Home > Up Close and Dangerous(8)

Up Close and Dangerous(8)
Author: Linda Howard

Logan would tease her about overpacking, but she’d have the last laugh if he happened to need anything from her cache. She even had a small roll of duct tape in case her tent sprang a leak, which had also happened on that last, miserable trip. She liked rafting, and when she was in the raft being wet and cold was part of the fun, but when she wasn’t actually in the raft she wanted all the comforts of home. Okay, so she was being a girly-girl, but she was sure Peaches would also prefer the aloe body wipes over the joys of washing with a bucket of river water and a bar of soap.

She’d been looking forward to this trip so much that she couldn’t bear the idea of a delay, even if being on time meant she had to endure the company of Captain Justice. She wanted to snort in derision every time she heard the name. Captain Justice, for God’s sake. It sounded like the title character of a comic book.

He’d hefted her three bags into the luggage compartment without even a grunt, but though his expression looked set in stone she’d known what he was thinking; that she’d packed her entire closet. If he’d been human he’d have at least looked a little incredulous, or asked her if she had rocks in there; Bret would have grunted and acted as if the suitcases weighed even more than they did, made a joke out of it. Not Mr. Stone-face, though; she’d never seen him so much as smile.

When he helped her into the plane, the firm grip of his hand had been so unexpected she’d almost faltered. Bret didn’t help her, she realized; for all his easygoing camaraderie, he was very careful not to encroach on her personal boundaries, which admittedly had expanded a lot since she’d married Jim. She simply didn’t trust most people now, which made her stiff and unapproachable. Captain Justice either hadn’t noticed her “do not touch” signs, or he simply didn’t care. His grip was strong, his hands harder and rougher than those of the business executives and stockbrokers with whom she usually associated. The shock of being touched, the heat of his hand, actually made her heart lurch.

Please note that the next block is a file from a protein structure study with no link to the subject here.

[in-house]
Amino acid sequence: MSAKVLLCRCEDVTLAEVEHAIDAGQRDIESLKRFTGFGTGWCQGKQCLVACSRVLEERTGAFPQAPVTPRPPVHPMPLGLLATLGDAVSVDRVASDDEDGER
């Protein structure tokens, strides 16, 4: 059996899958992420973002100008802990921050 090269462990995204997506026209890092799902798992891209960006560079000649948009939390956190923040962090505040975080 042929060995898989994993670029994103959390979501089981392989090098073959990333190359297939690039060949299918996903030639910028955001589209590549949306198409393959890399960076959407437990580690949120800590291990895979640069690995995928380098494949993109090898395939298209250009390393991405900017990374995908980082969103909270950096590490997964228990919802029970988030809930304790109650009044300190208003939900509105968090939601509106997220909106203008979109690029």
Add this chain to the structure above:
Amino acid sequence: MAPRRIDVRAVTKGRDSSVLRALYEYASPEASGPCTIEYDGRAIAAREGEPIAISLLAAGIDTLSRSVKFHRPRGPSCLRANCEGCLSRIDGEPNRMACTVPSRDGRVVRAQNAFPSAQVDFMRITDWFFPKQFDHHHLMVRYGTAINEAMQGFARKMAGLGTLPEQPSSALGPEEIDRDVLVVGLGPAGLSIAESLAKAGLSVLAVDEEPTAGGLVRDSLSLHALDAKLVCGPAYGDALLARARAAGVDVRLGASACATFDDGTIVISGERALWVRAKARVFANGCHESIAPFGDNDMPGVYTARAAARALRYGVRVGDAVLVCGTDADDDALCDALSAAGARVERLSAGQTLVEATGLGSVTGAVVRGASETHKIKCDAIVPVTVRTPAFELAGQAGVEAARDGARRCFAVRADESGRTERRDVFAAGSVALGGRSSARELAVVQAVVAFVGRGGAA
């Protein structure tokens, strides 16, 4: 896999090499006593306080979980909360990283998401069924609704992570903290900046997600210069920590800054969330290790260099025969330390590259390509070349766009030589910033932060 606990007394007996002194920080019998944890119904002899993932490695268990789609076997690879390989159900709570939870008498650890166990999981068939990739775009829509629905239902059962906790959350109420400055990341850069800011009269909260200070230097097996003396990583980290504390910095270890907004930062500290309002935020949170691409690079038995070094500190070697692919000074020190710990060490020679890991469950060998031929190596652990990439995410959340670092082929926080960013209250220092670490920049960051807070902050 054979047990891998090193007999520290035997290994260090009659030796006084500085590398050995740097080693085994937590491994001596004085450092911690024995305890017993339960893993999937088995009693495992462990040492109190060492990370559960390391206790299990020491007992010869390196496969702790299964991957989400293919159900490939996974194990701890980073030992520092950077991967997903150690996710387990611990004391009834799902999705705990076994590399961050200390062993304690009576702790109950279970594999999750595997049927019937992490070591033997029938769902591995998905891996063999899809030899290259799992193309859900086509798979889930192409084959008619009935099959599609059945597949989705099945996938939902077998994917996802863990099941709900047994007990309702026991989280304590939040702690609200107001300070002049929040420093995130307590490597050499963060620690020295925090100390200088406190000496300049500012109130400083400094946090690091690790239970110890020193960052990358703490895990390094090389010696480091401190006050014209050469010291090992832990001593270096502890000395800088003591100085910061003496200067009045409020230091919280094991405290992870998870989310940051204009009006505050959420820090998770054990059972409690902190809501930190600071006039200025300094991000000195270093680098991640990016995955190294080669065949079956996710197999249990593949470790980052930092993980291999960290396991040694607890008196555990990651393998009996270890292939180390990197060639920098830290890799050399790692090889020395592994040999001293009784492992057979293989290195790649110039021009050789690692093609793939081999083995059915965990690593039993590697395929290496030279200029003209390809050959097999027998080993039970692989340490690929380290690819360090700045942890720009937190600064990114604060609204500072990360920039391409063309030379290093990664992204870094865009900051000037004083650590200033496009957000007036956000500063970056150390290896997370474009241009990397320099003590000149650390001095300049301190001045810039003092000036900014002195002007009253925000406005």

She was so dismayed she barely registered his order to move to the other seat. As soon as she’d belted herself into the seat he’d indicated, she dug out her book and pretended to be absorbed in it, but mentally she was kicking herself.

How pitiful was she that she would respond so easily to the simple touch of a man’s hand? Not just any man, either, but one who clearly disliked her. Okay, so her love life was currently nonexistent; it would remain that way as long as she had to deal with Jim’s children, because she refused to give them either ammunition or a target. Yes, there were times when she felt incredibly horny, but she hoped she had enough pride not to ever reveal that to someone like Justice, to allow him to think she had such a low opinion of herself that any man would do.